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Tuesday, July 18, 2006

Moving from page to stage

As someone who loves theater as much as she loves books, scripts rank pretty high on my list of reading material. I'm also fascinated by books that are turned into plays, though few authors are able to do so successfully.

Agatha Christie used to complain about the stage adaptations made of her novels because she thought they stayed too true to the original story and missed out on the theatricality of the medium. So she began adapting her stories--far more successfully than those who came before her. Anyone who has seen her plays and read her books will know that there are often different endings, especially in such plays as Witness for the Prosecution and And Then There Were None (or Ten Little Indians).

But the transition from book to stage is a far more difficult one than, for example, the transition from book to screen.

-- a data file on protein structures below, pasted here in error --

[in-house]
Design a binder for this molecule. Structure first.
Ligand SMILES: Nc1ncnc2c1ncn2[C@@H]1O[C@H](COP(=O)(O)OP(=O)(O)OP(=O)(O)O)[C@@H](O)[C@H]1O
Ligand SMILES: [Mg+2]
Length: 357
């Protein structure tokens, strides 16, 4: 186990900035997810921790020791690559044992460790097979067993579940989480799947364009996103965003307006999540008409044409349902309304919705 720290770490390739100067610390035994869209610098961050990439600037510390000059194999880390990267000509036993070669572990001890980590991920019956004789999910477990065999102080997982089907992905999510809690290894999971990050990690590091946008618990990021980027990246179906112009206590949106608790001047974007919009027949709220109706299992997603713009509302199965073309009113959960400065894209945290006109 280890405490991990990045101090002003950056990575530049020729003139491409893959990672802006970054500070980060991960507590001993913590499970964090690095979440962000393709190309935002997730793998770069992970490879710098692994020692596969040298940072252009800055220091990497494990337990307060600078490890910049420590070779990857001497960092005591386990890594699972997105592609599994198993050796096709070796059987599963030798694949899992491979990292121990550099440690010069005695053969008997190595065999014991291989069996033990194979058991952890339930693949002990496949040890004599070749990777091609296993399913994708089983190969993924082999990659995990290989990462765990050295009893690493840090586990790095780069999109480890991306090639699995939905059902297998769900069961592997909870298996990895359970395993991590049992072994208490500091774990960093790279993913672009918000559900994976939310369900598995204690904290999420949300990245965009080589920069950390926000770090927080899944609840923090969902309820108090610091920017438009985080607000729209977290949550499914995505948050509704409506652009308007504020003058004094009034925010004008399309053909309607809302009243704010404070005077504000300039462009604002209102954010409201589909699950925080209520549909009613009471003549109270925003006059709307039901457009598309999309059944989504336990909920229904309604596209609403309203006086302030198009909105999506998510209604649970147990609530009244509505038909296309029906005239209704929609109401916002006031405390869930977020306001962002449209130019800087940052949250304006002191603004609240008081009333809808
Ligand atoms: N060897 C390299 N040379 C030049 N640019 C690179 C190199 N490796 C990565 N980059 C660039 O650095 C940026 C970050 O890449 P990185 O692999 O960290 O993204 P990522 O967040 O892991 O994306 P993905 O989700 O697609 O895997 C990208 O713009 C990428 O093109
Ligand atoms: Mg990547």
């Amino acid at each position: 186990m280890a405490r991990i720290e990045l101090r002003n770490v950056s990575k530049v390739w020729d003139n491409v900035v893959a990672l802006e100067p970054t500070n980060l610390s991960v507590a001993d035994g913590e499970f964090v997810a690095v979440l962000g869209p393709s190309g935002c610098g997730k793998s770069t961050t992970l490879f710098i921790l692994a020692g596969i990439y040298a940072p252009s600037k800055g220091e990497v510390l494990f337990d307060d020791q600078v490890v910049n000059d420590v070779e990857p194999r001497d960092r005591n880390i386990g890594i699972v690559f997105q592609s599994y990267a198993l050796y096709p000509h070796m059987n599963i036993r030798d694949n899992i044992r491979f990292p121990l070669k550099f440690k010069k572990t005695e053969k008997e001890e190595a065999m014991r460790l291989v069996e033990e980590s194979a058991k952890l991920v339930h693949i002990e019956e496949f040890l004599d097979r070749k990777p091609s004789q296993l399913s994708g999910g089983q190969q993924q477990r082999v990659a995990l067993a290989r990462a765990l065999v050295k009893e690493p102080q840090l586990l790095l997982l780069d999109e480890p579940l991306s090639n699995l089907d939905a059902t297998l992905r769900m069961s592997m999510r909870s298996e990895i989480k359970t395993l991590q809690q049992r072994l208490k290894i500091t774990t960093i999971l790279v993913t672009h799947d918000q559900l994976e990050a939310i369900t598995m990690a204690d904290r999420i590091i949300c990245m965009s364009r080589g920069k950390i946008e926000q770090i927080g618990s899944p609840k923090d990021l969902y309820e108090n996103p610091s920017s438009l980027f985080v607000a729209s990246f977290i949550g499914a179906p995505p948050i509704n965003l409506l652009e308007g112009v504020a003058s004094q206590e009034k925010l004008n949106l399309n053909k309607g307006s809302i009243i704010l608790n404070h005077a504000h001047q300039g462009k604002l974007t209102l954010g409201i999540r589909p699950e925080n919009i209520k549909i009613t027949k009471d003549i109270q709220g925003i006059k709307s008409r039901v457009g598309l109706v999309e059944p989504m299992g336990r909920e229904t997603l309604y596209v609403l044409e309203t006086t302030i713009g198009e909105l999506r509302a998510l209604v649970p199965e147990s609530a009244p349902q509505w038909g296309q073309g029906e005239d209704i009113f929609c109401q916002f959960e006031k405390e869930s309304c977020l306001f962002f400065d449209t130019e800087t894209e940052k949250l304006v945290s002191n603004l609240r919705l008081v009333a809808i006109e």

Howard Mohr is an author who managed to take his book of humor and turn it into a musical. Mohr, a one-time writer for Prairie Home Companion, became a bestselling author by translating his regionalisms for the rest of the world in the popular book, How to Speak Minnesotan. (It's a book, incidently, that was reviewed by a native Minnesotan at Book Help Web.) But he didn't stop there. After winning a regional Emmy for the video version of the book, he turned it into a musical which has enjoyed long runs in Minnesota.

It reminded me a bit of Jeff Daniels' stage version of Escanaba in Da Moonlight (and from what I've heard, the movie version had little merit, which is a real shame considering how very, very good the stage version is). It's a play that plays to sell-out crowds wherever it goes in Michigan. It plays most often at Daniels' own Purple Rose Theater, but it's made the rounds to other state theaters as well. I recently saw it performed in Grand Ledge, Michigan in an old barn that was the perfect setting for a Yooper play. It may not be as funny to people outside the region, but it's hilarious for those of us born and bred here.

However, Mohr's book certainly shows that even books about regionalisms can have a national appeal.


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